Well, this article has a delightfully misleading headline: The 24 Words That Are Most Known To Only Men Or Women. I could be mistaken, but I feel only means exclusively. Not "known mostly to men, but women know them too" or vice-versa.

I'm not sure this study means much, or really tells us anything new. But, it was kind of interesting.

Center director Mark Brysbaery looked at the first 500,000 results of the Ghent University's online vocabulary test (Editors note: you can take the test at the link. Some of the fake words are pretty funny), focusing on differences in gender. Some words exhibited a large margin between the percent of men and women who reported knowing them.

....

Here are the words that men were most likely to recognize over women:

  • codec (88, 48)
  • solenoid (87, 54)
  • golem (89, 56)
  • mach (93, 63)
  • humvee (88, 58)
  • claymore (87, 589
  • scimitar (86, 58)
  • kevlar (93, 65)
  • paladin (93, 66)
  • bolshevism (85, 60)
  • biped (86, 61)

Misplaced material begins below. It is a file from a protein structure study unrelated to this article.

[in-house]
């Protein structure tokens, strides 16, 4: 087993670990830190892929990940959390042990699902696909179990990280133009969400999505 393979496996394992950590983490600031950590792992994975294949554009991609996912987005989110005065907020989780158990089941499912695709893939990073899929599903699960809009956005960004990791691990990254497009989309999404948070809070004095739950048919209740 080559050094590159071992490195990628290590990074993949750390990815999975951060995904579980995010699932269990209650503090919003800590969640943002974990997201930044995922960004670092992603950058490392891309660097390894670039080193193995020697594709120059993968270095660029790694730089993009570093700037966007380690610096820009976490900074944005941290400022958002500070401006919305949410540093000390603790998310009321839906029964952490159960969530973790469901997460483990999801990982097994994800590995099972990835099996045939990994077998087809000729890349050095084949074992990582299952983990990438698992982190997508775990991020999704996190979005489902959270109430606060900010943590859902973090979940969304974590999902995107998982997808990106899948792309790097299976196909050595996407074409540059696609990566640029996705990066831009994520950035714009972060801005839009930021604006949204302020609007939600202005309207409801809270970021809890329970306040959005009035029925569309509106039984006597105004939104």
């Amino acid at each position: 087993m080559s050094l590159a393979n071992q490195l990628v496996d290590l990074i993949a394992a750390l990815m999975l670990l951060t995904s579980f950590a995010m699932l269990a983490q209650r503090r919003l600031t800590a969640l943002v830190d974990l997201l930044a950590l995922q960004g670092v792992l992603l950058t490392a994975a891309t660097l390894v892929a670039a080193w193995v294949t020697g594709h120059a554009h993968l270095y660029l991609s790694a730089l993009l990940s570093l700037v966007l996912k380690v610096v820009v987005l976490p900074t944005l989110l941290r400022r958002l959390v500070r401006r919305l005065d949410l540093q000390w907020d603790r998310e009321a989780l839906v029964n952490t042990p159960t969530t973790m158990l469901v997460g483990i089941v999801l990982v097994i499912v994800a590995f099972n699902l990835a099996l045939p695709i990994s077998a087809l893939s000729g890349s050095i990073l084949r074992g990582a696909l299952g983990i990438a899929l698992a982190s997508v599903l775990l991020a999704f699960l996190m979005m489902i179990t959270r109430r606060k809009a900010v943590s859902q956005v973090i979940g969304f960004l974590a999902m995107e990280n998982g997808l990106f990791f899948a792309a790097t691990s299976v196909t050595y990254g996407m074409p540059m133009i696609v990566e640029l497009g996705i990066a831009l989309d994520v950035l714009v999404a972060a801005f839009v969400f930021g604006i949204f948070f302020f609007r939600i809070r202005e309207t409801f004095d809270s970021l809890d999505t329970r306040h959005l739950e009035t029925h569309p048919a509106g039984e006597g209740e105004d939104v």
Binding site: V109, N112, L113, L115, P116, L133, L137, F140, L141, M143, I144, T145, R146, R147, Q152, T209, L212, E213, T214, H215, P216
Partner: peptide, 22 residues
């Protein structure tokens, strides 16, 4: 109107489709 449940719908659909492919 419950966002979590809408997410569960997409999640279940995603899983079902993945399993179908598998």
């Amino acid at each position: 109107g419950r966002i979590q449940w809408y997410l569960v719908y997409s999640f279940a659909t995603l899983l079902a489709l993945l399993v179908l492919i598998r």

• dreadnought (90, 66)

And here are the words that women were most likely to know over men:

  • taffeta (48, 87)
  • tresses (61, 93)
  • bottlebrush (58, 89)
  • flouncy (55, 86)
  • mascarpone (60, 90)
  • decoupage (56, 86)
  • progesterone (63, 92)
  • wisteria (61, 89)
  • taupe (66, 93)
  • flouncing (67, 94)
  • peony (70, 96)
  • bodice (71, 96)

Some commentors on /r/linguistics are offering suggestions for these differences, such as "User drmacj brought up the massive variability present in adult vocabulary, regardless of gender. Culture, location, and education play significant roles. 'And not to mention these words only apply in a very limited socioeconomic context,' user hoochie_minh wrote."